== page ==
How to Relieve a Toothache
"For there was never yet philosopher that could endure the toothache patiently." Shakespeare was right. The toothache isn't easy to endure. The good news: With improved dental care and regular checkups, the excruciating pain of a toothache is not as common as it once was. But when pain does occur in the mouth, it's an important signal that you should not ignore -- even if it goes away on its own.
Tooth pain is varied. Perhaps most common is the minor pain caused by sensitive teeth. You eat or drink something hot, cold, or sweet and feel a momentary twinge. Some people suffer achy teeth because of sinus problems; that's probably the case if you notice that the pain is limited to your upper teeth and that several teeth are affected at one time.
Bruxism (or teeth grinding) or a problem with your temporomandibular joint may be the cause of toothaches or sensitivity. And, recent dental work can cause a tooth to be sensitive to temperature changes for a few weeks.
Some types of pain deserve immediate attention from your dentist, however. If you feel a sharp pain when you bite down, for instance, you may have a cavity, a loose filling, a cracked tooth, or damaged pulp (that's the inner core of the tooth that contains the blood vessels and nerves). Pain that sticks around for more than 30 minutes after eating hot or cold foods can also indicate pulp damage, either from a deep cavity or a blow to the tooth. And the stereotypical toothache with constant and severe pain, swelling, and sensitivity is definitely a sign of trouble.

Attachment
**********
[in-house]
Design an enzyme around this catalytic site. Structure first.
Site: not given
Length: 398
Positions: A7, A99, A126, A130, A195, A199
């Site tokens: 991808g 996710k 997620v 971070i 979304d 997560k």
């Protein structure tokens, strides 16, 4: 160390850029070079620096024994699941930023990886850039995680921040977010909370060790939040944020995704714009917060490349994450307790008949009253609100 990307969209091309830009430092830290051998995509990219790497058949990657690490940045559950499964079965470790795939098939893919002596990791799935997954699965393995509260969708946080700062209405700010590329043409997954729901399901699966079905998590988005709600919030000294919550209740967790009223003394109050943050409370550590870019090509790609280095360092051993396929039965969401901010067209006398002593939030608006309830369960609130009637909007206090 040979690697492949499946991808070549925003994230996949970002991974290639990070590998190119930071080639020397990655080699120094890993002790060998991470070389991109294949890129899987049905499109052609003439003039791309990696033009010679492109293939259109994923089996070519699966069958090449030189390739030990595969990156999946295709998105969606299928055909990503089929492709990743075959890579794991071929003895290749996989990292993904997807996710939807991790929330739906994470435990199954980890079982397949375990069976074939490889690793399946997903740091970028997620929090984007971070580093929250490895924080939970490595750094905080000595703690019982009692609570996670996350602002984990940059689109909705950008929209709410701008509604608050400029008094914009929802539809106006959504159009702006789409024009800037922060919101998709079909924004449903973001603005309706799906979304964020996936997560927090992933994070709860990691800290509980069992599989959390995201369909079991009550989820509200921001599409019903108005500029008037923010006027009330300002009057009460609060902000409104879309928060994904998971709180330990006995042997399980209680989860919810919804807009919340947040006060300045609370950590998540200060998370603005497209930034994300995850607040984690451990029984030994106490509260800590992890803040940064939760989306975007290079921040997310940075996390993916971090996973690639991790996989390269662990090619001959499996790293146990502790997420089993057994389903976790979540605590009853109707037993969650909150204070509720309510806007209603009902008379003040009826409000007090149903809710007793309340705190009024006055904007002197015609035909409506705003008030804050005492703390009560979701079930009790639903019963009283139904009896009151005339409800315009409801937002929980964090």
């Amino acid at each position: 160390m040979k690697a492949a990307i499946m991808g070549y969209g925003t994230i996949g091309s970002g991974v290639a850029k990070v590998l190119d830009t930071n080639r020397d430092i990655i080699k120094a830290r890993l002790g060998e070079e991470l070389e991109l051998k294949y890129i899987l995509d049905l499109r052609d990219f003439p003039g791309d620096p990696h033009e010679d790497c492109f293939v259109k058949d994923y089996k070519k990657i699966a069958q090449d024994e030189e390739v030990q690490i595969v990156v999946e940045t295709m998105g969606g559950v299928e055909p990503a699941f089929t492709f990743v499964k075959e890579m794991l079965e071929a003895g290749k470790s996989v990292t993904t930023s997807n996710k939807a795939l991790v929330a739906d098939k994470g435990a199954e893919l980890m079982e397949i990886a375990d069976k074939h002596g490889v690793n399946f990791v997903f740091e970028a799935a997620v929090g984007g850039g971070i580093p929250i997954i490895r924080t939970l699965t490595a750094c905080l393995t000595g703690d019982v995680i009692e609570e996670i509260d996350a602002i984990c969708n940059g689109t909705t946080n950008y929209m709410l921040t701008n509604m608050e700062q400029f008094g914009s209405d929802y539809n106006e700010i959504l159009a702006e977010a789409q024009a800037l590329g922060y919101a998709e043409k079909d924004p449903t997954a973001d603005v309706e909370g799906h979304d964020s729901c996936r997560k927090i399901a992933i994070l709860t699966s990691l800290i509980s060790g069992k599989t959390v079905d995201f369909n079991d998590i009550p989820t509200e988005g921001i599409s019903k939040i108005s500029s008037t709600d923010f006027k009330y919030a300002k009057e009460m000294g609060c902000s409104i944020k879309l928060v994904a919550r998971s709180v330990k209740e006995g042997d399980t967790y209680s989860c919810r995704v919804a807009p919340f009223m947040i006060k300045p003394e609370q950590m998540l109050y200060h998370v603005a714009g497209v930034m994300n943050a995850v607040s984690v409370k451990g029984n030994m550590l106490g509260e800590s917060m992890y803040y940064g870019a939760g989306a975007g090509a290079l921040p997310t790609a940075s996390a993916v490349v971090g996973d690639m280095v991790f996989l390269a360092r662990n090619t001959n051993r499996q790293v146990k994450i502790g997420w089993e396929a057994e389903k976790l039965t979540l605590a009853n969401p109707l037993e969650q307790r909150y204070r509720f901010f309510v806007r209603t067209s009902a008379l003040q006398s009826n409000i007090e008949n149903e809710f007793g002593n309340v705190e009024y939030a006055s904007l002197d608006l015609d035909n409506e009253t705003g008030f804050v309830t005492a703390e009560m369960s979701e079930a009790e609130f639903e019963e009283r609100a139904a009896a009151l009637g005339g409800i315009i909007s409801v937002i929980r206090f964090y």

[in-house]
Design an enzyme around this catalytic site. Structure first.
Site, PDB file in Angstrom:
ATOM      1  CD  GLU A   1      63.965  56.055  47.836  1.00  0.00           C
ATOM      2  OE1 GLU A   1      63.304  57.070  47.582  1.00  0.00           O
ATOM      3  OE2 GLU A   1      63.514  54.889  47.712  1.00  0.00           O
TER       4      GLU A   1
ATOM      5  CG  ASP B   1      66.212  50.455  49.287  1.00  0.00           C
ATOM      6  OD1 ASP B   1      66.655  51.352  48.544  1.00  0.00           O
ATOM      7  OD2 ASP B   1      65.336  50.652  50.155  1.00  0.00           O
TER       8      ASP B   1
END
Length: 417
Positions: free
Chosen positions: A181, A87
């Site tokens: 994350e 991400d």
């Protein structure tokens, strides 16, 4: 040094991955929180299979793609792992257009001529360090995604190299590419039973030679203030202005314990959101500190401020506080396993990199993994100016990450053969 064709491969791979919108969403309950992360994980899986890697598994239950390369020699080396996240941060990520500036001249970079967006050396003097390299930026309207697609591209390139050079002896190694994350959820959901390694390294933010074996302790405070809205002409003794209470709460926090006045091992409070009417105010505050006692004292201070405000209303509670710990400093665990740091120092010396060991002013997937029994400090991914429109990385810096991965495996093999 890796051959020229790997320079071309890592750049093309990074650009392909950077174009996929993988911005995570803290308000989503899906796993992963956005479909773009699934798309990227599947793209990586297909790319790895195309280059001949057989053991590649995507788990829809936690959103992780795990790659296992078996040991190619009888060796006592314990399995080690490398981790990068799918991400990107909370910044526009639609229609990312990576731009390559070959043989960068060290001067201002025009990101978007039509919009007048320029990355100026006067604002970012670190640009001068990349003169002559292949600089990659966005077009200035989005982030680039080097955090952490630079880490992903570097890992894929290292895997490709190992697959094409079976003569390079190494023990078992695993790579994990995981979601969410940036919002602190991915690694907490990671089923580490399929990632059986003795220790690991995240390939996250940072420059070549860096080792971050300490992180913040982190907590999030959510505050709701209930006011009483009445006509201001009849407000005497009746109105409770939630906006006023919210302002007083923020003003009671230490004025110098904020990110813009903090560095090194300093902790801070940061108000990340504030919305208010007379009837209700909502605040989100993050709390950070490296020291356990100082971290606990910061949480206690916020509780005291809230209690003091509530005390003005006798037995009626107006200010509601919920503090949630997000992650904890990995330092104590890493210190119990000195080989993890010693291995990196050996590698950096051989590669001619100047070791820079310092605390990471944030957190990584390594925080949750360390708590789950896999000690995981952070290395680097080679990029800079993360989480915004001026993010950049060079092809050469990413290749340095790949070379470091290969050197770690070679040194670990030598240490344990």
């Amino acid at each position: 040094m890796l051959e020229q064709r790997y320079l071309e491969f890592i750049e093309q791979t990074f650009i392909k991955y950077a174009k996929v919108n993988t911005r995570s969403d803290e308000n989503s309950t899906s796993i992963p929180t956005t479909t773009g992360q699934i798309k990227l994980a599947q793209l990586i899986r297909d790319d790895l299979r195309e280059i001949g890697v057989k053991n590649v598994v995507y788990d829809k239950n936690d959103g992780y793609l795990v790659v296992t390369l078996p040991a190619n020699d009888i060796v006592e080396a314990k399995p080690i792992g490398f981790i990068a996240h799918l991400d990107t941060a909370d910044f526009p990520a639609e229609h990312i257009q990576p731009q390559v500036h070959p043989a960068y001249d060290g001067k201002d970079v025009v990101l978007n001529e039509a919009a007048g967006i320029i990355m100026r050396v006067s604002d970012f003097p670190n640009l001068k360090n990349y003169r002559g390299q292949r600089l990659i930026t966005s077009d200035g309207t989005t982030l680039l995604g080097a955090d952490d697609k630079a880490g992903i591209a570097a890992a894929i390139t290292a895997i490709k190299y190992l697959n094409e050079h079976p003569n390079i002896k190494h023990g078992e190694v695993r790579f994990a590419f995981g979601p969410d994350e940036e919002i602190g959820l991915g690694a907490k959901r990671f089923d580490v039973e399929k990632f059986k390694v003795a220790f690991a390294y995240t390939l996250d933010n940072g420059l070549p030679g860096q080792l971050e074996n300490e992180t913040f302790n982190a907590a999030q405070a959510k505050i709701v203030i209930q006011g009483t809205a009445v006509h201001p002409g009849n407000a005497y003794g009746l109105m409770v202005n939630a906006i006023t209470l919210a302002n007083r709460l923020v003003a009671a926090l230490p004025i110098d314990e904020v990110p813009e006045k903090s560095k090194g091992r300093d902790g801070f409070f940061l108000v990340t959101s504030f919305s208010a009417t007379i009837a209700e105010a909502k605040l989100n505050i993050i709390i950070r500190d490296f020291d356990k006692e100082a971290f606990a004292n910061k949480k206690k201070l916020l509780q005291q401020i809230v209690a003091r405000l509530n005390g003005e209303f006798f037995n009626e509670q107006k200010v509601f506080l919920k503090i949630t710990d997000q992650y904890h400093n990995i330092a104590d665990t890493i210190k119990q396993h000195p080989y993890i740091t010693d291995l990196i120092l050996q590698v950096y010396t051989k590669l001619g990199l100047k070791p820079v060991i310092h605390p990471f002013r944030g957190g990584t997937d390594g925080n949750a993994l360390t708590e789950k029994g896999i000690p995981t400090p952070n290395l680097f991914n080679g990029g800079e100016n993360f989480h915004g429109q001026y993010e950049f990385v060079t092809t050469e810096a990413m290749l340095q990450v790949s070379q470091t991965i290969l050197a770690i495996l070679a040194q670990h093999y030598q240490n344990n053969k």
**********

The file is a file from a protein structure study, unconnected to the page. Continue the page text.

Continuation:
As a rule of thumb, if a tooth hurts enough to wake you up at night or interferes with your ability to function normally during the day, it's time to dial up the dentist. You could have an abscessed tooth; that means the pulp of the tooth has died, resulting in an infection that can spread to the gum and even to the bone.
Pain associated with the pulp of the tooth is kind of tricky. It can let you know that damage has occurred. But nerves in the pulp can die rapidly -- in as little as 12 hours, after which the pain fades. However, soon the tooth hurts again as the dead tissue becomes infected, or abscessed.
That's why putting off dental attention for a toothache can mean bad news. But if it's 3:00 in the morning or the middle of Sunday afternoon, you can take the temporary measures that follow to deal with the pain until you can get to the dentist's office.
Take two aspirin...or acetaminophen or ibuprofen -- the same over-the-counter pills you take for everyday aches and pains. Ibuprofen may be the best choice, since it relieves the inflammation that may accompany a toothache. See this list of precautions to take when using over-the-counter analgesics.
For a more natural approach, see pain-relieving remedies on the next page.
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